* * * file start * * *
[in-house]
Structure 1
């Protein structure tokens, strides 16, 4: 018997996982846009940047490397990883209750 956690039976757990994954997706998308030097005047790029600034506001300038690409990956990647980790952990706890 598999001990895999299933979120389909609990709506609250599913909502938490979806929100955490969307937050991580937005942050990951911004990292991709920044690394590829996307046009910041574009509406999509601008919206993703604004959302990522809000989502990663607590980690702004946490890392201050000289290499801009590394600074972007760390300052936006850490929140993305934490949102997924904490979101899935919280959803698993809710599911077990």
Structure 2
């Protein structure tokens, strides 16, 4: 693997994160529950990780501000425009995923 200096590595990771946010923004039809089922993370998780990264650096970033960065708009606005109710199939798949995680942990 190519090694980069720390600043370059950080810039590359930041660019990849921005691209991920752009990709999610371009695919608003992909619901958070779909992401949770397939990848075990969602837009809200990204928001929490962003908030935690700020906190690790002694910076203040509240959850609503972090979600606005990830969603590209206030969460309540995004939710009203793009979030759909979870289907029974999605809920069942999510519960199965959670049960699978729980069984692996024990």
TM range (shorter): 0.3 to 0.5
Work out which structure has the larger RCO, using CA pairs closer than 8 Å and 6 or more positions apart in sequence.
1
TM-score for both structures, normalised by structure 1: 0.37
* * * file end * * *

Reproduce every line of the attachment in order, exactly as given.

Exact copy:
[in-house]
Structure 1
């Protein structure tokens, strides 16, 4: 018997996982846009940047490397990883209750 956690039976757990994954997706998308030097005047790029600034506001300038690409990956990647980790952990706890 598999001990895999299933979120389909609990709506609250599913909502938490979806929100955490969307937050991580937005942050990951911004990292991709920044690394590829996307046009910041574009509406999509601008919206993703604004959302990522809000989502990663607590980690702004946490890392201050000289290499801009590394600074972007760390300052936006850490929140993305934490949102997924904490979101899935919280959803698993809710599911077990």
Structure 2
């Protein structure tokens, strides 16, 4: 693997994160529950990780501000425009995923 200096590595990771946010923004039809089922993370998780990264650096970033960065708009606005109710199939798949995680942990 190519090694980069720390600043370059950080810039590359930041660019990849921005691209991920752009990709999610371009695919608003992909619901958070779909992401949770397939990848075990969602837009809200990204928001929490962003908030935690700020906190690790002694910076203040509240959850609503972090979600606005990830969603590209206030969460309540995004939710009203793009979030759909979870289907029974999605809920069942999510519960199965959670049960699978729980069984692996024990």
TM range (shorter): 0.3 to 0.5
Work out which structure has the larger RCO, using CA pairs closer than 8 Å and 6 or more positions apart in sequence.
1
TM-score for both structures, normalised by structure 1: 0.37